A major American city has rarely appeared as seedy and decrepit as in "Corrupted Minds." Known pre-release as "Panic in Detroit," the movie follows the story of four groups who travel over the Ambassador Bridge from Canada into Detroit. The intertwined stories explore themes of pride, violence, power, passion, drug abuse, lust, misplaced trust, racial and sexual politics, and desperation to survive. In this dark world honesty and true friendship are rare, while deception and raw self-interest are commonplace, and everyone is at risk of betrayal or victimization.
Realistic, emotionally compelling performances by just about every actor and actress involved add enormously to the power of this absorbing drama. Many of the strongest scenes are between Tris (actress Aida Muñoz), a strikingly exotic Hispanic beauty who works as a prostitute but dreams of a better life, and Nick (actor Elton Litzner), her former boyfriend and pimp who, despite his other women, cannot tolerate Tris escaping his domination. Meanwhile, Jack (actor Mark Brock), a sleazy pimp who likes to put on an air of respectability, seeks to woo Tris, while at the same time cheating and exploiting her.
Actor Dale Reynolds puts in a sensitive performance as Sonny Montgomery, a well-known former college sports hero tricked into assisting a criminal, politically motivated plot. On the run from police and the conspirators, including The Reverend (actor Scott Wyckoff) and his henchman Ahmad (actor Walter Harris), his fight to survive seems doomed, while Manuel (actor Derek Denham) the friend that he trusts, ponders his orders to kill Sonny to keep him from talking.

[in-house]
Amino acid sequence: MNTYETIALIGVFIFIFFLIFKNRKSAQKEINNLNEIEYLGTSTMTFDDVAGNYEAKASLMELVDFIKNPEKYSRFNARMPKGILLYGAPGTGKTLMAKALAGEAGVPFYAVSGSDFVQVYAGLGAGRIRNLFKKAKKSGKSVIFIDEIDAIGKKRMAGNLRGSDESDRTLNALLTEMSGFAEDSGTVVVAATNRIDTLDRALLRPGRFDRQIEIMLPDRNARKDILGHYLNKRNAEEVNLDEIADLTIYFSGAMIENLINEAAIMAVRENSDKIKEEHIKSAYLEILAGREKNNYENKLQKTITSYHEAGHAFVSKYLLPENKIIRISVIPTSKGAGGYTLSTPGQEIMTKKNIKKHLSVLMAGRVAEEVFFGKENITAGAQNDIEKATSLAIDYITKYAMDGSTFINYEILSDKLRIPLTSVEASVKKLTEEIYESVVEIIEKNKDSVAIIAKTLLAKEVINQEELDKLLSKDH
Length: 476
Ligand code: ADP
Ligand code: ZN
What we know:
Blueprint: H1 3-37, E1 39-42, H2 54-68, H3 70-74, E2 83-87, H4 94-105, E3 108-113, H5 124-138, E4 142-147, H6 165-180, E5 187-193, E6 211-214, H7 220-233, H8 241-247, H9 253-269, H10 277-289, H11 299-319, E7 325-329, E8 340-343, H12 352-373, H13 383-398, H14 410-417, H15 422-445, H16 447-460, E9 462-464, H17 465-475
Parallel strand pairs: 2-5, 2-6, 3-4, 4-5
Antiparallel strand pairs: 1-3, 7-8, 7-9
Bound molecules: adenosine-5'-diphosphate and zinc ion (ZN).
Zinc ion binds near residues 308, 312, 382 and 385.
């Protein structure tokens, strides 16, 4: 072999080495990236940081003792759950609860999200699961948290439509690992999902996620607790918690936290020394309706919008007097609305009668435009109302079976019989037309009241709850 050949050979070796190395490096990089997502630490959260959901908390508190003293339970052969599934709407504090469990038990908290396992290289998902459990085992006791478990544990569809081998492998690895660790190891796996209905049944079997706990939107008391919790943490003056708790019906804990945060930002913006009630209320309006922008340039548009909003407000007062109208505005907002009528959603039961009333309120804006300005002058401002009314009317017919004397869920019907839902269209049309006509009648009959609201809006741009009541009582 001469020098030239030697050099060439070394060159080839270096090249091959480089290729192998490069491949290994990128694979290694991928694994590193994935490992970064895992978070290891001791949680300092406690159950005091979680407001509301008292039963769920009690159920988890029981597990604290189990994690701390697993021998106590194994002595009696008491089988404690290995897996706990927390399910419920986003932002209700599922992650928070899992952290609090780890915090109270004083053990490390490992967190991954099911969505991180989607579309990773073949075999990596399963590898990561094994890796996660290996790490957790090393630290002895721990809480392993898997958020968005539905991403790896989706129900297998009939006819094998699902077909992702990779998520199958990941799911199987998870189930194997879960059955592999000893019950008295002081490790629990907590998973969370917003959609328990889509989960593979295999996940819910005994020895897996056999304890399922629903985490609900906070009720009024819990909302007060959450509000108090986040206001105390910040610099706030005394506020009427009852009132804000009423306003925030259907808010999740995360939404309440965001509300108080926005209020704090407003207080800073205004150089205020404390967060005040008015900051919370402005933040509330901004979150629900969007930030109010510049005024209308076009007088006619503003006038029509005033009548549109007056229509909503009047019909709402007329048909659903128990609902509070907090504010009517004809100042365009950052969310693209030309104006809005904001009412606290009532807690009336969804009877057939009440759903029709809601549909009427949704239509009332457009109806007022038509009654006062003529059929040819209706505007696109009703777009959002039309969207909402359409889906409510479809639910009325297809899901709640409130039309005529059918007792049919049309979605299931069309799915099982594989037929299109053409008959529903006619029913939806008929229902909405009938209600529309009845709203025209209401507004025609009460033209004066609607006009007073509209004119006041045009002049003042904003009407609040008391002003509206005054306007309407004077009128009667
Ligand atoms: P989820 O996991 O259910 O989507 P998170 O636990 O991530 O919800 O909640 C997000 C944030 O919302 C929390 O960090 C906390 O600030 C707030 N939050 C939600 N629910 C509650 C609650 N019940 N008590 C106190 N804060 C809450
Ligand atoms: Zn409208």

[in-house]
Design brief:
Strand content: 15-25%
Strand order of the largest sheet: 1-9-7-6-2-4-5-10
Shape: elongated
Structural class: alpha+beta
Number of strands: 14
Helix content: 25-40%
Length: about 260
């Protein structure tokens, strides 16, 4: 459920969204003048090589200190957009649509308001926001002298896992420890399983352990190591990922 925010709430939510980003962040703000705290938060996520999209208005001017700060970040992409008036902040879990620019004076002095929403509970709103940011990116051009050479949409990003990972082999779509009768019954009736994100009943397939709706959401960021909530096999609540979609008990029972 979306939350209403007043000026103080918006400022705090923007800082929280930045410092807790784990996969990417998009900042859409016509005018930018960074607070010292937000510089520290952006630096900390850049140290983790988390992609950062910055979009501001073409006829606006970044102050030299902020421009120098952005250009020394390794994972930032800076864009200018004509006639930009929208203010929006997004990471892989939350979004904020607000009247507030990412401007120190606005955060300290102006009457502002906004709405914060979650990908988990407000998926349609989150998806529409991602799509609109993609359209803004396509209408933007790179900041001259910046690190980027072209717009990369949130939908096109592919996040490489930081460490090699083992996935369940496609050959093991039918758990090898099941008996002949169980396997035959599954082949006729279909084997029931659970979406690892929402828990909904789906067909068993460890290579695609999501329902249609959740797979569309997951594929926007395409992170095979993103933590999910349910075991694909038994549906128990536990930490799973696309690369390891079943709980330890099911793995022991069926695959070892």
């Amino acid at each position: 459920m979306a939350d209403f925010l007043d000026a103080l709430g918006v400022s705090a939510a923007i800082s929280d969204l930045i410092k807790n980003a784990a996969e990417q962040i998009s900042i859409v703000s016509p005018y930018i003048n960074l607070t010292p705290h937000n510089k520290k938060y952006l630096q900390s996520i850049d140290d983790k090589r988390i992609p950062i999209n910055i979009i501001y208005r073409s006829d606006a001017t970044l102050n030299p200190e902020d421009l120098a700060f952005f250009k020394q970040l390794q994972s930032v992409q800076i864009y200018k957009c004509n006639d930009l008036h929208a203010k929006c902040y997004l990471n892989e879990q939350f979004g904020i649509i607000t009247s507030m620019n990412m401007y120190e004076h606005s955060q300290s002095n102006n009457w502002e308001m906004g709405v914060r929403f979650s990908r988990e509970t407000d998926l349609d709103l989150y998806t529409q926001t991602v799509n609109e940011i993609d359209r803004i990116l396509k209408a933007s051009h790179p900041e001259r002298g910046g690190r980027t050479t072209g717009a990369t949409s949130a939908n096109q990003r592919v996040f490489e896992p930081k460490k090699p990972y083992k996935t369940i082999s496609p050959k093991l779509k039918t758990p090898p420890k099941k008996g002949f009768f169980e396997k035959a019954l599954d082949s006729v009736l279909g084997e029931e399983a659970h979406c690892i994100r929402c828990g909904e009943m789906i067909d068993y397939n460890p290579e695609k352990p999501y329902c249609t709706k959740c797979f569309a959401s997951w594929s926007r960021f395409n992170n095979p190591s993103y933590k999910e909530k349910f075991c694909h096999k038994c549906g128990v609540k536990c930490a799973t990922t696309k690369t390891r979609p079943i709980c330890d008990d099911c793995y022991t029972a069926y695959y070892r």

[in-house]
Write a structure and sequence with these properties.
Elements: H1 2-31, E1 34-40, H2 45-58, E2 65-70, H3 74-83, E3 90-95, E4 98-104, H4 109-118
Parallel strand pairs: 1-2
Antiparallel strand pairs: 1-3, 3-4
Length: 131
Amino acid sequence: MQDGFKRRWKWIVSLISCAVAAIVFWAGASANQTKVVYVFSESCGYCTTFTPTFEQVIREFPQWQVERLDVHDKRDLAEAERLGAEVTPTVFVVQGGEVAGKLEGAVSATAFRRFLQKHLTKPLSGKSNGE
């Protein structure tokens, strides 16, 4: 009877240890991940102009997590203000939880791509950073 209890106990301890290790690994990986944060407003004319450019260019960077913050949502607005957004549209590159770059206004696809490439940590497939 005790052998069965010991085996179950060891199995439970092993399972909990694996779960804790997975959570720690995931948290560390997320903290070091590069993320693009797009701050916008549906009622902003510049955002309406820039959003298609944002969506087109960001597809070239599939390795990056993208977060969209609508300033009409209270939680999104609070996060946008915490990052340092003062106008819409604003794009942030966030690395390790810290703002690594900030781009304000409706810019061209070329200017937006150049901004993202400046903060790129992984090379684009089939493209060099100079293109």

Other story lines center on a film crew from Canada making a documentary, encouraging the locals to say bad things about Detroit, and two white suburban young ladies (actresses Candace Posluszny as Staci and Deirdre Tracey as Margaret) who are unsure whom to trust when their car breaks down in a run-down area of Detroit near the bridge.
Because of nudity, sex scenes and adult themes, the film is inappropriate for children. Despite the degrading nature of some of the sexual relationships, unlike just about every other movie the nudity and sex themselves are never sensationalized or idealized, but instead are portrayed truly and honestly.
Although the film was shot on a limited budget, great attention is paid to the cinematography, which is beautiful, and the sound, which is always right. The musical soundtrack is interesting and appropriate, and normally unobtrusive. There are also some good special effects, though not extensive. The plot is about relationships and human motivations, not explosions. Yet, it is also about the City, a character whose presence is always felt.
By the end of the film there are many losers, but a few winners as well. The biggest winner is the audience.
Producer, director, and screenwriter Brian Lawrence (not related to reviewer) has labored for years to bring forth a well-crafted product that entertains as it asks disturbing questions about contemporary American life.
James S. Lawrence, firstname.lastname@example.org
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